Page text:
Photo of the Week – February 8, 2018

Some aquatic insects can survive being encased in ice – water boatmen, for example, or dragonfly larvae.  But what happens if they are frozen near the surface of a pond and the ice around them melts (or sublimates), leaving them exposed to the air when they thaw out?  This is what I was wondering last weekend, as I poked around the icy wetland at our family prairie.

A frozen dragonfly larva in the wetland of our family prairie.

As I wandered around our wetland, I found several dragonfly larvae and a couple other aquatic insects frozen at or near the surface of the ice.  I’m still trying to puzzle out how they got there.  My best guess is that they must have been swimming near the surface as the water around them neared its freezing point.  Maybe they got cold enough they couldn’t swim back down before the water around them froze?  Regardless, there they were, right at the surface.  In some cases, they were partially exposed to the air as the ice was melting and/or sublimating from around them.

Another dragonfly larva – this one was upside down when it froze.

Dragonfly larvae breathe through gills, which I assume means they can’t survive for long out of water.  They can apparently survive being frozen, at least for a while, but I assume they only survive if they thaw out underwater where they can breathe.  If they thaw out on top of a frozen pond, that seems like a really bad outcome…  If so, the larvae I was seeing were either already dead or doomed to be so.

Gusts of wind were blowing snow across this partially exposed dragonfly larva on the surface of the ice.

I’m still not sure why the larvae would have been swimming near the water’s surface as it froze, or if that’s what actually happened.  It’s not an isolated incident – I find insects near the frozen surface of wetlands and ponds pretty frequently.  Anyone have a great explanation for what’s happening?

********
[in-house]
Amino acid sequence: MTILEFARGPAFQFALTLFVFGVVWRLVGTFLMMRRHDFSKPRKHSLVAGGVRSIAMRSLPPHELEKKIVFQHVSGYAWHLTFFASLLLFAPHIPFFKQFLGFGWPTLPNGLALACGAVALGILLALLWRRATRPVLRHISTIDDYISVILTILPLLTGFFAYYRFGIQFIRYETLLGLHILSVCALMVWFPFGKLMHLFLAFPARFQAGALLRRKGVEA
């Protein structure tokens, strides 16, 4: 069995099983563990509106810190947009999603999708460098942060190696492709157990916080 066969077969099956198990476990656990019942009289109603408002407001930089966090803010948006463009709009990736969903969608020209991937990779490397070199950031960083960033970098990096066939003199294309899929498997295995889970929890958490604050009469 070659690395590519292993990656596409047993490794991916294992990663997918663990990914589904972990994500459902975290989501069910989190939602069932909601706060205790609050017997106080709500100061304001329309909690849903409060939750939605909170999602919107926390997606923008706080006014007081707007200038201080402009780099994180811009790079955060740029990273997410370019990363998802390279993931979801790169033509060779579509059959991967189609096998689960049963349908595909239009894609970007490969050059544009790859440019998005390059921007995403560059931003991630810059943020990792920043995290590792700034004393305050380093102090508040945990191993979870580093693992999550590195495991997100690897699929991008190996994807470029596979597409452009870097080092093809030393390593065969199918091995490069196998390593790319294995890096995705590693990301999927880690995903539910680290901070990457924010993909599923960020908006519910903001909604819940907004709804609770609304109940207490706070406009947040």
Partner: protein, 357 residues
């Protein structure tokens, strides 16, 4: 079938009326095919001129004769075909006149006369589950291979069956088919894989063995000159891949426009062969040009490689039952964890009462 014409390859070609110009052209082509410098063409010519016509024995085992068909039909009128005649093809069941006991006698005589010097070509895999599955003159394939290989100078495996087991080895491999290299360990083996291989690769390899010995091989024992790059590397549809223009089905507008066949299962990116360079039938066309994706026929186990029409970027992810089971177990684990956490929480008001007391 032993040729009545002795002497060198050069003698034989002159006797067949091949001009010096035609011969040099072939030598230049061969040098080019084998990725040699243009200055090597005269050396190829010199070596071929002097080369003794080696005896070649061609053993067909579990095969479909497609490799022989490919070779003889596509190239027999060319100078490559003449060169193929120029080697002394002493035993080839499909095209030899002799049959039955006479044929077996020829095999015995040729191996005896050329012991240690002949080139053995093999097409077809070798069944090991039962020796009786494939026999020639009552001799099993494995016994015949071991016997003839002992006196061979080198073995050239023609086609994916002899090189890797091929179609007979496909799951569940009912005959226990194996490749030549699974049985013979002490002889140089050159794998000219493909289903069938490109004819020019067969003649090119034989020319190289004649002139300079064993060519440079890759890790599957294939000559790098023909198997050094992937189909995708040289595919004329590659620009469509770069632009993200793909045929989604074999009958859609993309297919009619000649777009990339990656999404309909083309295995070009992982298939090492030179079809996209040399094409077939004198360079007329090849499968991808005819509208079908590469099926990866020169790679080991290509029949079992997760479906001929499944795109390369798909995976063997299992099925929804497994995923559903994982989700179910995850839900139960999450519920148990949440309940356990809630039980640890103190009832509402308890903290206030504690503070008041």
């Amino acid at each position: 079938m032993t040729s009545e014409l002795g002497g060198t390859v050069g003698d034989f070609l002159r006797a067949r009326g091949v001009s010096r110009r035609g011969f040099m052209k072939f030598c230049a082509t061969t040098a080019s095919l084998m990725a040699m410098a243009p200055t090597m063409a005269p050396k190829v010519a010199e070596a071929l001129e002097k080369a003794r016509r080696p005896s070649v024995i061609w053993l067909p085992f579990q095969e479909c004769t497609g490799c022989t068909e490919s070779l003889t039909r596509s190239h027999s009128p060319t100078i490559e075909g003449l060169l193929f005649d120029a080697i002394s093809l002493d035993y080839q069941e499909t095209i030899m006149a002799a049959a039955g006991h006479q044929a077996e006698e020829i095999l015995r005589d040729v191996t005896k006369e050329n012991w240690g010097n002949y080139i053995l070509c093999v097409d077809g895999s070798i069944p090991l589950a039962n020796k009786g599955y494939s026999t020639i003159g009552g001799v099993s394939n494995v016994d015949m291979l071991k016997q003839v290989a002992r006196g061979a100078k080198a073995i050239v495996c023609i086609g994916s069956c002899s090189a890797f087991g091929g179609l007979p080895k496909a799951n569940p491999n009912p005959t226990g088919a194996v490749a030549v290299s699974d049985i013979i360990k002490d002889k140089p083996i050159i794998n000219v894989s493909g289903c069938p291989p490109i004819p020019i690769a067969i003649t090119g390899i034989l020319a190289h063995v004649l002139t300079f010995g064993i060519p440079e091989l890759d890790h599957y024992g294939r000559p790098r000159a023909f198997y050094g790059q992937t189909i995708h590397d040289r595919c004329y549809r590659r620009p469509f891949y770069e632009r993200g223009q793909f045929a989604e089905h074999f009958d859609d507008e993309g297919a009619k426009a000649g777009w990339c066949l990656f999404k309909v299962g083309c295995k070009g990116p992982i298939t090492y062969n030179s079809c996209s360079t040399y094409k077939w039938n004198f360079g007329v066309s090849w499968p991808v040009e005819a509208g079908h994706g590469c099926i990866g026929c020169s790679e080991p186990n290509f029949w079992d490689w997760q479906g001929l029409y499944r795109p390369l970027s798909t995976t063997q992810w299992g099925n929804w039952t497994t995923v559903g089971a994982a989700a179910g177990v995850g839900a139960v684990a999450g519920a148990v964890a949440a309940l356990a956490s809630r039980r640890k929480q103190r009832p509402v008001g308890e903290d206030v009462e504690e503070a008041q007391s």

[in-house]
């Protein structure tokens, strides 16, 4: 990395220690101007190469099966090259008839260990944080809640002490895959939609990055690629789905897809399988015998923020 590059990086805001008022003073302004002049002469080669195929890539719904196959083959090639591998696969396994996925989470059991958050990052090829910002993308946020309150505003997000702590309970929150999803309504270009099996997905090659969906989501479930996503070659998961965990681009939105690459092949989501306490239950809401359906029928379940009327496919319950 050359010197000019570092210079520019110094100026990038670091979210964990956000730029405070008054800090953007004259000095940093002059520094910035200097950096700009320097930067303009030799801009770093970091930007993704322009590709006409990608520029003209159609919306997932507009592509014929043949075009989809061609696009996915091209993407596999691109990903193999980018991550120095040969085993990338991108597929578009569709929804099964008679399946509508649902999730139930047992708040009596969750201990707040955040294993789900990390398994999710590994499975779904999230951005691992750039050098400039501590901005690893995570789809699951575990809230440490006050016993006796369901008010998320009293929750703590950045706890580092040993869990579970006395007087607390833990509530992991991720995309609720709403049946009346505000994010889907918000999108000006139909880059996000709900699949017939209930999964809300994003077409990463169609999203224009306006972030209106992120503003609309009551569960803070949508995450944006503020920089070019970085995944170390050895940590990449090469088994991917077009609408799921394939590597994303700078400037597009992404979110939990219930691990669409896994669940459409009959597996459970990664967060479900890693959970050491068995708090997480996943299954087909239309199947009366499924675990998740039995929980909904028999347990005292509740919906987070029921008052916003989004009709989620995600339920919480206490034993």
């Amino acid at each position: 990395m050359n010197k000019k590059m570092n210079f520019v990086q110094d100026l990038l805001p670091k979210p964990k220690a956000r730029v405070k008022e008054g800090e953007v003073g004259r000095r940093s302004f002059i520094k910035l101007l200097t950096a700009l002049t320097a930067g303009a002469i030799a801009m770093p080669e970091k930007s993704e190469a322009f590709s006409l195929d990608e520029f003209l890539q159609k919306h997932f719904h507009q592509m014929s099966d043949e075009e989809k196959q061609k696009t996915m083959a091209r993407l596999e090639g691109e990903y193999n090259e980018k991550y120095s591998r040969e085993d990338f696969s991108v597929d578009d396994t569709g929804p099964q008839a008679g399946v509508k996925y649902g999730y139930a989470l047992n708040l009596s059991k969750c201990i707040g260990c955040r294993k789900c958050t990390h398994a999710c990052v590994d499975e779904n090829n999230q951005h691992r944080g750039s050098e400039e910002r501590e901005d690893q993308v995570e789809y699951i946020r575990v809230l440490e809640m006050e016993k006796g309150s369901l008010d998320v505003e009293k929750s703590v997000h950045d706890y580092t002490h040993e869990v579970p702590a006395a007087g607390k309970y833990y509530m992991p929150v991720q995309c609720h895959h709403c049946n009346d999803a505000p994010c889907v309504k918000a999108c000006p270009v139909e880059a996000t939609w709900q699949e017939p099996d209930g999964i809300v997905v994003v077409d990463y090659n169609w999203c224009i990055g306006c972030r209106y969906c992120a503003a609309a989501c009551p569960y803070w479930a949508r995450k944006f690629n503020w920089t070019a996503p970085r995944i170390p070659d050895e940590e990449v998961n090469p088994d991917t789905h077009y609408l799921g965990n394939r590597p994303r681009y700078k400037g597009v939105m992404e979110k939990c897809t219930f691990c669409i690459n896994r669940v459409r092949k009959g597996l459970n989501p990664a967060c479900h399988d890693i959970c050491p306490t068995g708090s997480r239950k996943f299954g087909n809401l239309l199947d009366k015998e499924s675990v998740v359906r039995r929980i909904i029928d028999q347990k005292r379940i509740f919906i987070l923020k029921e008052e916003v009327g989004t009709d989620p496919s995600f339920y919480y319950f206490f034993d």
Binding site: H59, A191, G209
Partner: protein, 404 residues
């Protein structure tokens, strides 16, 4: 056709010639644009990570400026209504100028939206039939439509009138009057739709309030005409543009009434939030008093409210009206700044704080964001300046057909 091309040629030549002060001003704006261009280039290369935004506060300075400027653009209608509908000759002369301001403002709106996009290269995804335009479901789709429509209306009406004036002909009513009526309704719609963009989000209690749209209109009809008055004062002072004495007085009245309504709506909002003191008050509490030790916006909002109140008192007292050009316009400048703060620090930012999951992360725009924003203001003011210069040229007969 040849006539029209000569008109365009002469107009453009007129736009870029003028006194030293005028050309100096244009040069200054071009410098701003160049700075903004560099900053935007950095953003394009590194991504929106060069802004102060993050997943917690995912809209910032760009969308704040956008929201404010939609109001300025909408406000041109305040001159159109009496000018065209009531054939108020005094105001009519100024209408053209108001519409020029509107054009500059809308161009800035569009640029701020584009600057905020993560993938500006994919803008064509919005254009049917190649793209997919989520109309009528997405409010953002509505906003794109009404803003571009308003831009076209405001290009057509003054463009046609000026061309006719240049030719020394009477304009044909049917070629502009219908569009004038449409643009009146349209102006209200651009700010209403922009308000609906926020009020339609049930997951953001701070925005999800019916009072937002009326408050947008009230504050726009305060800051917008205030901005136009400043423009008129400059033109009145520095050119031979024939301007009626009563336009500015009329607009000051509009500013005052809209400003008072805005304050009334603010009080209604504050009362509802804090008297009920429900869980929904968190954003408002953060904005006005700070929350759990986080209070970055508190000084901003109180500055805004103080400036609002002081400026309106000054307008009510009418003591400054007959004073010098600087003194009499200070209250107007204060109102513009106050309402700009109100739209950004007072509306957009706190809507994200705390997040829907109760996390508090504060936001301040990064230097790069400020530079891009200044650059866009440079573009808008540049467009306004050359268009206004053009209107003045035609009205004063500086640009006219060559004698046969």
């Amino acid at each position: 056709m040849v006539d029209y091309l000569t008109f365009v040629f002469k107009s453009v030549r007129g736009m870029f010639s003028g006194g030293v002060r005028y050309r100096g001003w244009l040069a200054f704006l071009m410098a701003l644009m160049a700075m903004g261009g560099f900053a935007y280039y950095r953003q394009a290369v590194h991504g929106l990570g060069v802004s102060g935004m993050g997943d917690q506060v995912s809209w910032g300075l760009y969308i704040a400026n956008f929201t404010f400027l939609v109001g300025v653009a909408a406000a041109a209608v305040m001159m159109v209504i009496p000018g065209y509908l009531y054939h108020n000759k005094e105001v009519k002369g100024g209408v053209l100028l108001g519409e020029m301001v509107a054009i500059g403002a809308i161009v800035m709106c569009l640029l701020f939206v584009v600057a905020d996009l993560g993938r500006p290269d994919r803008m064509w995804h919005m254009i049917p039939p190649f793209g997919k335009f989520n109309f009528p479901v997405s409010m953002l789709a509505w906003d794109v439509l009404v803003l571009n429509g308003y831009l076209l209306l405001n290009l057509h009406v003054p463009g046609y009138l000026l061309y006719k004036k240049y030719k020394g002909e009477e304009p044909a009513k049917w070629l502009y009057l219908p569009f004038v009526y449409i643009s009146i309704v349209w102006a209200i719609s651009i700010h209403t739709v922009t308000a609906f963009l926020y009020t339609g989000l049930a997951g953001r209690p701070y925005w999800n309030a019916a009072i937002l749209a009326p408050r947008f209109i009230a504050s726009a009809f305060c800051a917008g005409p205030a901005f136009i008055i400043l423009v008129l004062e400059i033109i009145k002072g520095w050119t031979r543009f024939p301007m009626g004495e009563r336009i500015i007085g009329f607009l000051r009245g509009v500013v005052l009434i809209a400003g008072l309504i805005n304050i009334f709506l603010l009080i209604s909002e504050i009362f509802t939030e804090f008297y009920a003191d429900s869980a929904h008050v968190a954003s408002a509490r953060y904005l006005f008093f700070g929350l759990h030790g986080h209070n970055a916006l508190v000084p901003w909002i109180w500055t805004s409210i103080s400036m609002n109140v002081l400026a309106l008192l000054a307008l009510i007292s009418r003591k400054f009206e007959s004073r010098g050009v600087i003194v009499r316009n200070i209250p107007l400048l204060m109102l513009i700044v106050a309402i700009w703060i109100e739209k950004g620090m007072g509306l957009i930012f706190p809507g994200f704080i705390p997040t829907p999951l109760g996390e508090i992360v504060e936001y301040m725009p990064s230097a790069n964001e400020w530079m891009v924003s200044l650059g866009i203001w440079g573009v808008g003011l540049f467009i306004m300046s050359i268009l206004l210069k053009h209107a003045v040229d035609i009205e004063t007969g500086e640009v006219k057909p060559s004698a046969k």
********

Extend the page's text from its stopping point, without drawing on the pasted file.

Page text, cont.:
This entry was posted in Prairie Insects, Prairie Photography and tagged , , , by Chris Helzer. Bookmark the permalink.

About Chris Helzer

Chris Helzer is the Director of Science for The Nature Conservancy in Nebraska. His main role is to evaluate and capture lessons from the Conservancy’s land management and restoration work and then share those lessons with other landowners – both private and public. In addition, Chris works to raise awareness about the importance of prairies and their conservation through his writing, photography, and presentations to various groups. Chris is also the author of "The Ecology and Management of Prairies in the Central United States", published by the University of Iowa Press. He lives in Aurora, Nebraska with his wife Kim and their children.

19 thoughts on “Photo of the Week – February 8, 2018

  1. P.S. My smart wife pointed out that it’s possible the larvae were dead and floated to the surface. I asked why they would float when they were dead if they didn’t float when they were alive, and she reminded me that gases from decomposer organisms often make carcasses float even if they sink initially. It’s a pretty good theory…

  2. This is fabulous, Chris. Your final photo, snow gusting across an ice-entombed larva, is especially spectacular. Thank you for provoking so much thought and reflection, both biologically and artistically! You do much in connecting our prairies to ourselves.

  3. One thought did come to me when I read this sentence of yours: “Maybe they got cold enough they couldn’t swim back down before the water around them froze?”

    When we had our recent experience with ice and frigid temperatures here on the Gulf coast, there were many hundreds of turtles that were cold-stunned. Below 50F/10C, turtles become hypothermic and unable to swim, so they float up to the surface, where they’re subject to boat strikes, predation, or washing onto the shore. If temperatures drop rapidly, turtles that have come into the shallows of the bays often can’t make it to the deeper waters of the Gulf in time to avoid problems.